Sept. 11 will be forever remembered by millions as a tragic day
for the terrorist attacks that killed thousands in New York City.
For a select few in Ontario, however, this date will be remembered
for a different tragedy. Thursday Sept. 11, 2003 marks the 30th
anniversary of the only murder ever to occur at Erindale.
On Sept. 11, 1973, 19-year-old Constance Anne Dickey was the victim
of a horrific crime in a secluded area of Erindale college. Dickey
was a first year student from Prescott, Ontario who had not yet
attended any classes and was visiting UTM to familiarize herself
with the campus. Dickey was staying with her sister and brother-in-law
in Toronto, and when she did not return that day, her brother-in-law
reported her missing to Toronto police. Dickey's body was found
five days later by Mississauga police in a heavily wooded area close
to what is now parking lot four. She had been sexually assaulted,
beaten, and strangled to death.
Nearly a year passed before anyone was charged with the crime.
In that time, the city of Mississauga bore witness to two other
crimes nearly identical to the one that Dickey was victim to. Neda
Novak, an 18-year-old OAC student from Erindale High School, disappeared
a month after Dickey was murdered. She was believed to have been
hitch-hiking at the time of her disappearance. Novak's body was
found six months later on May 8, 1974 in another secluded area near
the Credit River in Streetsville. Even though she had been the victim
of an attack nearly identical to Dickey, Peel Regional Police claimed
that the two murders were not connected.
On Aug. 19, 1974, Julie Sheldon, a 16 year-old visitor from Hampshire,
England, accepted a ride from a man while walking north on Clarkson
Road. The man drove Sheldon to a remote field near Winston Churchill
Blvd. and Dundas St. where he sexually assaulted and stabbed her.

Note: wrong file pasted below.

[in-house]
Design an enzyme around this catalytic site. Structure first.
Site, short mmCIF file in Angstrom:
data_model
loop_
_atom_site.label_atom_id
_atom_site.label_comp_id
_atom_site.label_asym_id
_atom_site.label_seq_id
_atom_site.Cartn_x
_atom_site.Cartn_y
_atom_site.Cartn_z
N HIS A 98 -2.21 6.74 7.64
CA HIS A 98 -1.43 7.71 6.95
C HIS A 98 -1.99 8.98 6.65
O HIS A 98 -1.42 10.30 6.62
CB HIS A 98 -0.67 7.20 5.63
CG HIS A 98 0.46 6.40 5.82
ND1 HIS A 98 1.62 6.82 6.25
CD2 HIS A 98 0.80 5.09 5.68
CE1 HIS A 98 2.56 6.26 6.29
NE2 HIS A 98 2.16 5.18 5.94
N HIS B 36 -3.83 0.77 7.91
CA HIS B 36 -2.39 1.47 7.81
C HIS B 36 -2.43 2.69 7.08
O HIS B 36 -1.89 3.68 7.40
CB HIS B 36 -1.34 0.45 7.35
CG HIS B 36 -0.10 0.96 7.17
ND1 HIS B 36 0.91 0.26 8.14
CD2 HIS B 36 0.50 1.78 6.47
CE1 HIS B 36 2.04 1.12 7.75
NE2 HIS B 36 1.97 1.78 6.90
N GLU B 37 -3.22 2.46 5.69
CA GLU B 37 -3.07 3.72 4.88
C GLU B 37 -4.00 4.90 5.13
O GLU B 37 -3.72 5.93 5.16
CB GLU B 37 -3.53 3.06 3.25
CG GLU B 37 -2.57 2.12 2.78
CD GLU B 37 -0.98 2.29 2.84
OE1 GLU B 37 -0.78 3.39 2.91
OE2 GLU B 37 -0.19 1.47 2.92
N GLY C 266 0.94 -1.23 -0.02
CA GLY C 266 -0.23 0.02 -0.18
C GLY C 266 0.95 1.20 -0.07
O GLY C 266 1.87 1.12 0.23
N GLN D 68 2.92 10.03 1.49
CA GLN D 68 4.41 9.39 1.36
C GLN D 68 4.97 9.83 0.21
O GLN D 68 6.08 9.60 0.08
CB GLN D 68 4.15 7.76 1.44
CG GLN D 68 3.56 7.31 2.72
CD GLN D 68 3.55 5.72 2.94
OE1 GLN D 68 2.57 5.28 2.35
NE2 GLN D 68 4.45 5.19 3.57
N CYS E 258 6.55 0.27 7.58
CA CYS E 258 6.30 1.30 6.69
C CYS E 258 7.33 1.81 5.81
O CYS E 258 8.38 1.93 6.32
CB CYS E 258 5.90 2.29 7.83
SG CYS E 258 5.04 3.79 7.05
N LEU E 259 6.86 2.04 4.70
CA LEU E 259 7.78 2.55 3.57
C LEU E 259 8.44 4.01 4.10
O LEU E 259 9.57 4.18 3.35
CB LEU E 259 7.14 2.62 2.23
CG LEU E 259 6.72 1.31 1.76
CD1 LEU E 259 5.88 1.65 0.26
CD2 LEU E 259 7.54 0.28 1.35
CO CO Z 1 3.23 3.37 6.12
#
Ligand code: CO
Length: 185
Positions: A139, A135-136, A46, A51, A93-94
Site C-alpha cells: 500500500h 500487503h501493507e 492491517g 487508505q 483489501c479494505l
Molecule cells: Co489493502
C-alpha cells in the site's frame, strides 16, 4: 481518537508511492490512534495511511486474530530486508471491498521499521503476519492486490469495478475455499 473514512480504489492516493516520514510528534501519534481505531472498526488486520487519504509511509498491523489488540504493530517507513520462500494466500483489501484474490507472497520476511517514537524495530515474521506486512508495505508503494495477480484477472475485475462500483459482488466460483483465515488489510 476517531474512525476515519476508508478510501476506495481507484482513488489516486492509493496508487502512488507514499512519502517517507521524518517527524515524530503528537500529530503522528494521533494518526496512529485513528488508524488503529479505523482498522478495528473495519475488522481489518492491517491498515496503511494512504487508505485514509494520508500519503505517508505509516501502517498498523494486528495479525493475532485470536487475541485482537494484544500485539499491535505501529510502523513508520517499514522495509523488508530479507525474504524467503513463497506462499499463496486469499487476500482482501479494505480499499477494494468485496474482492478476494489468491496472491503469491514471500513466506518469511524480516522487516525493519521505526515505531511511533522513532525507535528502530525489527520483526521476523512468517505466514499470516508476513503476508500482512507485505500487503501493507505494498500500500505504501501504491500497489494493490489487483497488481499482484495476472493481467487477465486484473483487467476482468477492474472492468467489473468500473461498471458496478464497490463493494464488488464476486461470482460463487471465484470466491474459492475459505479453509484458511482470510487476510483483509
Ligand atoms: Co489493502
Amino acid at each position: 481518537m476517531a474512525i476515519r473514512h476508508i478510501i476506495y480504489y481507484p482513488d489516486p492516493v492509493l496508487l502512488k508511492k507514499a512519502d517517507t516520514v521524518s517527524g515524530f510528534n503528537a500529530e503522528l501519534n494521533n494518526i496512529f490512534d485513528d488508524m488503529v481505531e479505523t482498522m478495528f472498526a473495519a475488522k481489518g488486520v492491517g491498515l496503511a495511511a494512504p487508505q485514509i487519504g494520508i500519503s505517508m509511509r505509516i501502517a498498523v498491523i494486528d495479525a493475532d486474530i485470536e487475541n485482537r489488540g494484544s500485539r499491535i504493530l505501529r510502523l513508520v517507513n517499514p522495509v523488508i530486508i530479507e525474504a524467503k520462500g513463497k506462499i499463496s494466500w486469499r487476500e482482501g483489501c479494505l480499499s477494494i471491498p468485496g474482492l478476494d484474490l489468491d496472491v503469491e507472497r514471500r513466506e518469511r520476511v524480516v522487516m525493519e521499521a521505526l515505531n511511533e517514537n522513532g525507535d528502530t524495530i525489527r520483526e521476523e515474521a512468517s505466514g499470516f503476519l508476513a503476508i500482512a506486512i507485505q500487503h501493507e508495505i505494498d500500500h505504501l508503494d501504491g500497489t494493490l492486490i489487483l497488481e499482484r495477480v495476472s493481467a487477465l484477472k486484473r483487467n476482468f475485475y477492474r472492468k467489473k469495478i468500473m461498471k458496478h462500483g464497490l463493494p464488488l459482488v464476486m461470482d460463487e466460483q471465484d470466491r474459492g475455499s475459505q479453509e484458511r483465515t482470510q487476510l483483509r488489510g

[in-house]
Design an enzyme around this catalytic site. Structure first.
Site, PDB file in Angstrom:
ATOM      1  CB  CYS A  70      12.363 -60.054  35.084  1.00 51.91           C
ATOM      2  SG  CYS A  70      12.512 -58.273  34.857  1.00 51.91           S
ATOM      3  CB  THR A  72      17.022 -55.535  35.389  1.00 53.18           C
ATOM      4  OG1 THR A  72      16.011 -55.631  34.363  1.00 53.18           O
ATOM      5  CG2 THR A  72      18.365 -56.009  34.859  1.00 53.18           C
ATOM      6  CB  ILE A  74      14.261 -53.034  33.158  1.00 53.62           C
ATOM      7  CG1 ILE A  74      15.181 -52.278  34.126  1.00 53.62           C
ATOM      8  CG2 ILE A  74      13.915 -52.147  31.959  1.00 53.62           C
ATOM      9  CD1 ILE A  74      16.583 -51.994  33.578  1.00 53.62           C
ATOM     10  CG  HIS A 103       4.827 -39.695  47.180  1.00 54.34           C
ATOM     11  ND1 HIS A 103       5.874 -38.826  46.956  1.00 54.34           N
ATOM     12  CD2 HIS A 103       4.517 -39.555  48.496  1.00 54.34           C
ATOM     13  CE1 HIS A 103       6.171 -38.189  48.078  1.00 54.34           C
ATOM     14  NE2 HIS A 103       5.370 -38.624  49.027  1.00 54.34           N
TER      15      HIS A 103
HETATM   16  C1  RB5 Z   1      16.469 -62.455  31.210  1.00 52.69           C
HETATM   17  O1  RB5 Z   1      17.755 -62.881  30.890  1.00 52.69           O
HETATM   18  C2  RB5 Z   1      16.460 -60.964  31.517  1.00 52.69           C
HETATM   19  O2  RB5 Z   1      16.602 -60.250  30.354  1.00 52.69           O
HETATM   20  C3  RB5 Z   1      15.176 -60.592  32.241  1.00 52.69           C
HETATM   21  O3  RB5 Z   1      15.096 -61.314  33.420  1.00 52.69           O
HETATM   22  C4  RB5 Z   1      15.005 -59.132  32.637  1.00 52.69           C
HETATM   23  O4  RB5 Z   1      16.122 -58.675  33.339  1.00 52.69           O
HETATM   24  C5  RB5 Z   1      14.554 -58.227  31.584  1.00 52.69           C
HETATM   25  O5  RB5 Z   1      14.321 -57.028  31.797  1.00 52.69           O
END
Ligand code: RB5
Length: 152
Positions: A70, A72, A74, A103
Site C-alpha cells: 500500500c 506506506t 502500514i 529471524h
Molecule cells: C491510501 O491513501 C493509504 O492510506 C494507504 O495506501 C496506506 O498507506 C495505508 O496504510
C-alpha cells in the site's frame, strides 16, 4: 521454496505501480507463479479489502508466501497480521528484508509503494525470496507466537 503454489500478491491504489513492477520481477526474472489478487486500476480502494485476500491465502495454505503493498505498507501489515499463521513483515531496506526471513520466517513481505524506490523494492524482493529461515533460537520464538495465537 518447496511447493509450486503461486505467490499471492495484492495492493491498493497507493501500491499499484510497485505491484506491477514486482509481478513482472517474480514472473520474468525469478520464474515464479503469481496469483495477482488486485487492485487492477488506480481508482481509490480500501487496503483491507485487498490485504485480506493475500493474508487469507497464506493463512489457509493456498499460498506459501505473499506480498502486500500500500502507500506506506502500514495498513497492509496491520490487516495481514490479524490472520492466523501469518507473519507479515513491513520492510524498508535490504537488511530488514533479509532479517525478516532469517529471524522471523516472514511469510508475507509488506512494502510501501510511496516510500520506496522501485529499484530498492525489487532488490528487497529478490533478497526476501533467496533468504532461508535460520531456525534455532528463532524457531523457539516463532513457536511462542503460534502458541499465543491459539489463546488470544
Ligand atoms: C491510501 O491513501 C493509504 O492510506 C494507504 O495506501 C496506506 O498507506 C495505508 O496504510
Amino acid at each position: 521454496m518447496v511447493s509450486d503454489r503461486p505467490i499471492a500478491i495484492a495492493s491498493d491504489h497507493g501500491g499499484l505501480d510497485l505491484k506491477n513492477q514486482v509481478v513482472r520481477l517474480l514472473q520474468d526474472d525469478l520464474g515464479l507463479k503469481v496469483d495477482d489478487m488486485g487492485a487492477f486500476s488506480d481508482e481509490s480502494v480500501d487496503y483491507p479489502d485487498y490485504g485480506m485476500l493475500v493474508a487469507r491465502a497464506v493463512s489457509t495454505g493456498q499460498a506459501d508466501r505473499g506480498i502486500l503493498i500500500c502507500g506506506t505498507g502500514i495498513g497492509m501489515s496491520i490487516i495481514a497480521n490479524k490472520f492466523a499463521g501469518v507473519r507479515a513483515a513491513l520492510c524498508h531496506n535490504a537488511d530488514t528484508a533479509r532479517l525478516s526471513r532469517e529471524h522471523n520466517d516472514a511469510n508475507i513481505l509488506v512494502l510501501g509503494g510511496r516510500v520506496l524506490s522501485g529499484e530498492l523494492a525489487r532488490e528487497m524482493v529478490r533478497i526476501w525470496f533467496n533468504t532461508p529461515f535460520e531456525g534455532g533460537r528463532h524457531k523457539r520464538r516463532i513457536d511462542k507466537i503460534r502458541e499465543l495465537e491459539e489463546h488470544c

A miraculous coincidence probably saved Sheldon from sharing the
same fate as Dickey and Novak. A police cruiser responding to a
nearby car accident scared off Sheldon's attacker when he heard
the siren. Sheldon was then able to stager to the road and get police
help. Sheldon's description of her attacker and his car gave police
the information they needed to apprehend him.
In the early morning hours of Aug. 20, 1974, then 24-year-old Henry
Robert Williams was arrested by Peel Regional Police in his Streetsville
home. He was charged with the murders of Constance Dickey and Neda
Novak, as well as the attempted murder of Julie Sheldon. Williams
was later convicted of all three crimes and sentenced to three consecutive
life sentences. After his conviction, Williams raised much controversy
regarding the treatment of dangerous offenders after he voluntarily
requested to be castrated. His request was not granted on the grounds
that there was insufficient scientific evidence that the procedure
would have beneficial effects.
While a few staff members have worked at Erindale long enough to
remember the events following the discovery of Dickey's body, the
vast majority of the campus community has never heard of the event.
While forgetting a crime that occurred thirty years ago doesn't
seem unusual, at least one Mississauga resident is upset that UTM
does not remember Constance Anne Dickey. Sidney Knowles, an Erindale
alumnus, graduated in 1983 and has lived in Mississauga all his
life. In a letter to The Medium Knowles writes, "There is no
plaque or memorial at the Erindale Campus in memory of Constance
Anne Dickey. Perhaps the university can only deal with the problem
of violence against women as an abstract theoretical concept. Or
perhaps the university would rather forget about the brutal murder
of a young female student that occurred on the Erindale campus.
The problem is if we forget about Constance Anne Dickey we're also
forgetting that behind the statistics that record the murders of
women there is always the pain and suffering of an individual woman
- a real human being has been killed."
Knowles wrote a similar letter expressing his concern to UTM principal
Ian Orchard. Orchard responded to Knowles with a letter of his own
acknowledging the tragedy and Knowles' concern. Orchard stated that
it would not be "appropriate" to establish a memorial